”Tales of the Holy Mysticat: Jewish Wisdom Stories by a Feline Mystic” by Rabbi Rachel Adler— The Wisdom of the Feline

Adler, Rachel. ”Tales of the Holy Mysticat: Jewish Wisdom Stories by a Feline Mystic”, Banot Press, 2020.

The Wisdom of the Feline

Amos Lassen

After years of having dogs, I recently became a cat owner (or better said, I now have a cat that owns me). My Schatzi is fourteen-years-old and would have been put down if someone did not adopt her and I could not have that happen. Before I got her, she had lived in the same non-Jewish home for thirteen years and since Judaism is important to me, I realized that she might find it strange living in a Jewish home. But then, what do cats know from Jewish? We will see.

When feminist theologian Rabbi Rachel Adler, moved into a new apartment, she decided that the new place needed a cat and she visited local shelters where she noticed a cagedmale cat that seemed to be full of dignity and spiritual grace and beauty. That cat went home with the rabbi  and was soon named “Dagesh”. It turns out that this is a very special cat who felt right at home in the  library filled with Judaic and Hebrew books. He would even acknowledge the mezzuzot that hung on the doorposts of the apartment. Dagesh even meditated three times each day. He was “an old soul with many lifetimes of Jewish wisdom to impart, reincarnated to a higher level in the form of a gray tabby–the Holy Mysticat.” My Schatzi, however, sleeps through it all.

In the preface, Rabbi Adler tells us that Dagesh taught her “more about the faith limits of my own Jewish knowledge and the rich possibilities of a playful imagination” and we certainly see that in this delightful read. He was always there when she was learning (as rabbis do) and she sensed that the mysticat was aware of the different rhythms and rituals of the Jewish home. It got to the point that Dagesh was not only a mystic but one who was both scholarly and holy and that he depended on the rabbi for just his physical needs. He was also  a traditionalist who was well aware of Jewish mysticism, much more than his master.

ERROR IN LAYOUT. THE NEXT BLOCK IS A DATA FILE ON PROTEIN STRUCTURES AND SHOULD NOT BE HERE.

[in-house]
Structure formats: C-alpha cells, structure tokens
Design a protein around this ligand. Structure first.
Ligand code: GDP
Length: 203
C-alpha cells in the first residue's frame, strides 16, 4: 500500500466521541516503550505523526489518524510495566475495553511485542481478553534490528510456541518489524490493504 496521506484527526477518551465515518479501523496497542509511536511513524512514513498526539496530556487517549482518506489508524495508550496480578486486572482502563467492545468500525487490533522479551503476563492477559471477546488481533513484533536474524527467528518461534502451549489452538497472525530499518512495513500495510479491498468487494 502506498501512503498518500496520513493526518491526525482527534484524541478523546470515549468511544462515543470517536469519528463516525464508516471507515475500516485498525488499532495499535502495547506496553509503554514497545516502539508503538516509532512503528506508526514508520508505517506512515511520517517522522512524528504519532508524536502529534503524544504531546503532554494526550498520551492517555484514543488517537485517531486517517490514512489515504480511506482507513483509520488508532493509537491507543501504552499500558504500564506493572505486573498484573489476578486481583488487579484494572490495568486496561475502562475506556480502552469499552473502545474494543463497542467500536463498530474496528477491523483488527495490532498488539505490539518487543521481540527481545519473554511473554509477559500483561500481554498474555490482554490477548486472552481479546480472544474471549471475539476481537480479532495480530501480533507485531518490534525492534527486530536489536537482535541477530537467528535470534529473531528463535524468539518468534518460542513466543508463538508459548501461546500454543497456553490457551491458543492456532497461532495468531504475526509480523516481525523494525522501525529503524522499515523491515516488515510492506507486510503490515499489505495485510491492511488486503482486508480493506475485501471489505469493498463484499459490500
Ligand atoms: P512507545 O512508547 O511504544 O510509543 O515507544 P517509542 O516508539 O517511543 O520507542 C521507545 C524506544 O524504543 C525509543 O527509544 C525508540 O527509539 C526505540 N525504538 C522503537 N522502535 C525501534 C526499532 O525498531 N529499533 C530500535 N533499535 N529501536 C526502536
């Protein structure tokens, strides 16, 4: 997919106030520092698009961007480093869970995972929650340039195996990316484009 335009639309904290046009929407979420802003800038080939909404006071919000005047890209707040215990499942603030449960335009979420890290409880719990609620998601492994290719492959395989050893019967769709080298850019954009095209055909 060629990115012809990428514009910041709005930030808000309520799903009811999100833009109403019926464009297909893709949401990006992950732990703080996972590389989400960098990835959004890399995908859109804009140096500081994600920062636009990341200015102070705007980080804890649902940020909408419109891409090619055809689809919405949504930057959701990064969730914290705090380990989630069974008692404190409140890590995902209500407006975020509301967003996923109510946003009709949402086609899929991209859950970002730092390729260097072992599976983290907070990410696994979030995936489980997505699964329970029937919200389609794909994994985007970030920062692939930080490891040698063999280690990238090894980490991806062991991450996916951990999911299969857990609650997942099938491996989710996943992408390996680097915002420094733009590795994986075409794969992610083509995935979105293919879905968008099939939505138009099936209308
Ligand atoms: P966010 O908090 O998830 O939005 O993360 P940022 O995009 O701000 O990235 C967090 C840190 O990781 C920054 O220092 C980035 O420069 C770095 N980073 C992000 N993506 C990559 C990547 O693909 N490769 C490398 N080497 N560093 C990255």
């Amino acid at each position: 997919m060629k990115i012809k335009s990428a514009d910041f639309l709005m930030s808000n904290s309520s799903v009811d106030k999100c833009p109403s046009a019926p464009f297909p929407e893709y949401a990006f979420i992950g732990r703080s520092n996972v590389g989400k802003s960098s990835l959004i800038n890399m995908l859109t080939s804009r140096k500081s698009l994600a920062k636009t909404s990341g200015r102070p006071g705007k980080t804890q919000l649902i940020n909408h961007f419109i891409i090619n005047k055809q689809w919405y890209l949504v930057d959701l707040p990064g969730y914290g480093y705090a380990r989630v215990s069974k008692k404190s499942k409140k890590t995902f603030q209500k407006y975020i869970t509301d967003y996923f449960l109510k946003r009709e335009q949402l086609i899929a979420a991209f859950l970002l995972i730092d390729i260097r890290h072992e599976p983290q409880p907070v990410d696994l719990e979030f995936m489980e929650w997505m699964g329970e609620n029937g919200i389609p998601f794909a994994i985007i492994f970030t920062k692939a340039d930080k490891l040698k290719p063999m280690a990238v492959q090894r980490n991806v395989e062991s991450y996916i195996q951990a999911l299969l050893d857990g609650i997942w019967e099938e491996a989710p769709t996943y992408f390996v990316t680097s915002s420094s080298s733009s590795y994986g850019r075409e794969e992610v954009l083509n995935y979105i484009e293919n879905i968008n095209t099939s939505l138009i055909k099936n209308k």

The book is a collection of fables in which as Adler says, Aesop is replaced by a feline. The stories are outrageous as is the idea of a mysticat. The importance here, however, is that the rabbi and the cat learned together.

I truly enjoy reading Jewish texts and even before the virus, I studied for three yours a day and many times restudied things I had done before. While I gain great personal pleasure from this, I can honestly say that I had a wonderful time studying this book. (I also felt badly for the Jewish illiteracy of my cat). I love the illustrations and even though I have dabbled in Jewish mysticism, I never really got it or understood it until Dagesh filled in some of the gaps in my own thoughts.

The prose is gorgeous and engaging, the stories are fun and there is so much to be gained here about humanity, life and Judaism. As strange as it might seem to read about a cat’s morning and evening mediations and prayers, it all becomes very real.

For those who are not aware of Jewish holidays, terms and observances, there is an extensive glossary. In closing, I have just asked Schatzie to come sit with me as I study this week’s Torah portion but she let me know that she would rather sleep.
    

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